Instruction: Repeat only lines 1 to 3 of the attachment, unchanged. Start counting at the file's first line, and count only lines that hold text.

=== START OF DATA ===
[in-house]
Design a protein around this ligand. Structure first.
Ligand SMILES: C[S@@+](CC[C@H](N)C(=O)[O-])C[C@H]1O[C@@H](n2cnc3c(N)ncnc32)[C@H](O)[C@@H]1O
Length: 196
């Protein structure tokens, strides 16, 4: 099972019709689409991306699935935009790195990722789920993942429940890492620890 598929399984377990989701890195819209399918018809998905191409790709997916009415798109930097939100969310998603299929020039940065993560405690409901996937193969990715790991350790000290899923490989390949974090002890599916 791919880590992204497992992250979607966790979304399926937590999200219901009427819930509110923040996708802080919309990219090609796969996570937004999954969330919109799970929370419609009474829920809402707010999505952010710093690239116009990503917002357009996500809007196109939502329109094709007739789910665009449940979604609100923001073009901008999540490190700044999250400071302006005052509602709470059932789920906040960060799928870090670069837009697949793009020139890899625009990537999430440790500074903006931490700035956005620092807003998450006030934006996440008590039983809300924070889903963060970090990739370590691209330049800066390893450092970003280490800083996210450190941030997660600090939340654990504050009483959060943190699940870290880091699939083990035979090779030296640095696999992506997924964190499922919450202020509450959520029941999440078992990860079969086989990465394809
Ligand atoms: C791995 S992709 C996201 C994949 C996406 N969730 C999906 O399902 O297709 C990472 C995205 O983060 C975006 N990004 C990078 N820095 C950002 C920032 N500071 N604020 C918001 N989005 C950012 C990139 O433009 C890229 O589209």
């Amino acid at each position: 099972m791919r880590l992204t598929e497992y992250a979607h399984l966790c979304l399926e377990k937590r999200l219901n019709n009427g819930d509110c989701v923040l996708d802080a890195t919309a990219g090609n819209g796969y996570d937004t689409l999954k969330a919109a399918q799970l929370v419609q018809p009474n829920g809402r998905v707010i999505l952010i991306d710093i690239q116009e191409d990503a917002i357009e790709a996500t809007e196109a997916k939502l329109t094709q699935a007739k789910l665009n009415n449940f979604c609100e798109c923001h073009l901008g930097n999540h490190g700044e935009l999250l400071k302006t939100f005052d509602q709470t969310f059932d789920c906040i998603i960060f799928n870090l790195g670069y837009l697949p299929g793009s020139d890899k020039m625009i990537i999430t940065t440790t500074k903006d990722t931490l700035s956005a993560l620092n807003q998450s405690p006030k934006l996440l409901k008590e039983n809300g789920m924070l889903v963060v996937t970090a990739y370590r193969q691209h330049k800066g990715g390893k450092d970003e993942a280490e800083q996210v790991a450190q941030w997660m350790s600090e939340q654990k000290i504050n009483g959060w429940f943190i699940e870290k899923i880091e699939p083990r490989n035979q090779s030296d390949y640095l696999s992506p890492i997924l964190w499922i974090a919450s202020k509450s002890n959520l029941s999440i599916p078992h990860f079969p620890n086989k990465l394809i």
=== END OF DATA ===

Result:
[in-house]
Design a protein around this ligand. Structure first.
Ligand SMILES: C[S@@+](CC[C@H](N)C(=O)[O-])C[C@H]1O[C@@H](n2cnc3c(N)ncnc32)[C@H](O)[C@@H]1O